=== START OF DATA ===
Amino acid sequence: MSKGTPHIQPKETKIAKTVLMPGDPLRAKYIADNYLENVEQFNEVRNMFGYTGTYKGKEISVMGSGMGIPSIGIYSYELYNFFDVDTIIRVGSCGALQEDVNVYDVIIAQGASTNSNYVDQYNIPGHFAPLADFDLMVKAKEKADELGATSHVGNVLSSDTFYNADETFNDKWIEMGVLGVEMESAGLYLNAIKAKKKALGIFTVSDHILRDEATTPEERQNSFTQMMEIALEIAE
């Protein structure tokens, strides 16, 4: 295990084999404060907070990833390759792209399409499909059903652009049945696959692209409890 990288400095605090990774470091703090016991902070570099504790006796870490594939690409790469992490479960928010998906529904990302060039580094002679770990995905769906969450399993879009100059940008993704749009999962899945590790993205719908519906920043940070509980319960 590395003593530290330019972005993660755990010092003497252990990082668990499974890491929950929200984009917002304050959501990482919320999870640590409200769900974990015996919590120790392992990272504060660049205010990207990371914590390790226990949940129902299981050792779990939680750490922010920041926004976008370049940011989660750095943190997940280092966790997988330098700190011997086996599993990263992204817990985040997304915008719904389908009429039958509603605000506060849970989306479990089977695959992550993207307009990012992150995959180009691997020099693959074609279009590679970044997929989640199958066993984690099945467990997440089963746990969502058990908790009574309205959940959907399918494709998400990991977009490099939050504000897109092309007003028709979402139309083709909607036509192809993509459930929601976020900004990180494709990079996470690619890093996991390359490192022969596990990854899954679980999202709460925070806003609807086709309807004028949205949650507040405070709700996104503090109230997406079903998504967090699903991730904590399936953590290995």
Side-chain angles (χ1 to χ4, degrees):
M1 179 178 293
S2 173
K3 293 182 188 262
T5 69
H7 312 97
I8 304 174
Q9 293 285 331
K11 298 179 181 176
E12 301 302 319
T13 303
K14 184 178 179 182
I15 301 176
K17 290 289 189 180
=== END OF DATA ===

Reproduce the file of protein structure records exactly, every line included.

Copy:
Amino acid sequence: MSKGTPHIQPKETKIAKTVLMPGDPLRAKYIADNYLENVEQFNEVRNMFGYTGTYKGKEISVMGSGMGIPSIGIYSYELYNFFDVDTIIRVGSCGALQEDVNVYDVIIAQGASTNSNYVDQYNIPGHFAPLADFDLMVKAKEKADELGATSHVGNVLSSDTFYNADETFNDKWIEMGVLGVEMESAGLYLNAIKAKKKALGIFTVSDHILRDEATTPEERQNSFTQMMEIALEIAE
């Protein structure tokens, strides 16, 4: 295990084999404060907070990833390759792209399409499909059903652009049945696959692209409890 990288400095605090990774470091703090016991902070570099504790006796870490594939690409790469992490479960928010998906529904990302060039580094002679770990995905769906969450399993879009100059940008993704749009999962899945590790993205719908519906920043940070509980319960 590395003593530290330019972005993660755990010092003497252990990082668990499974890491929950929200984009917002304050959501990482919320999870640590409200769900974990015996919590120790392992990272504060660049205010990207990371914590390790226990949940129902299981050792779990939680750490922010920041926004976008370049940011989660750095943190997940280092966790997988330098700190011997086996599993990263992204817990985040997304915008719904389908009429039958509603605000506060849970989306479990089977695959992550993207307009990012992150995959180009691997020099693959074609279009590679970044997929989640199958066993984690099945467990997440089963746990969502058990908790009574309205959940959907399918494709998400990991977009490099939050504000897109092309007003028709979402139309083709909607036509192809993509459930929601976020900004990180494709990079996470690619890093996991390359490192022969596990990854899954679980999202709460925070806003609807086709309807004028949205949650507040405070709700996104503090109230997406079903998504967090699903991730904590399936953590290995």
Side-chain angles (χ1 to χ4, degrees):
M1 179 178 293
S2 173
K3 293 182 188 262
T5 69
H7 312 97
I8 304 174
Q9 293 285 331
K11 298 179 181 176
E12 301 302 319
T13 303
K14 184 178 179 182
I15 301 176
K17 290 289 189 180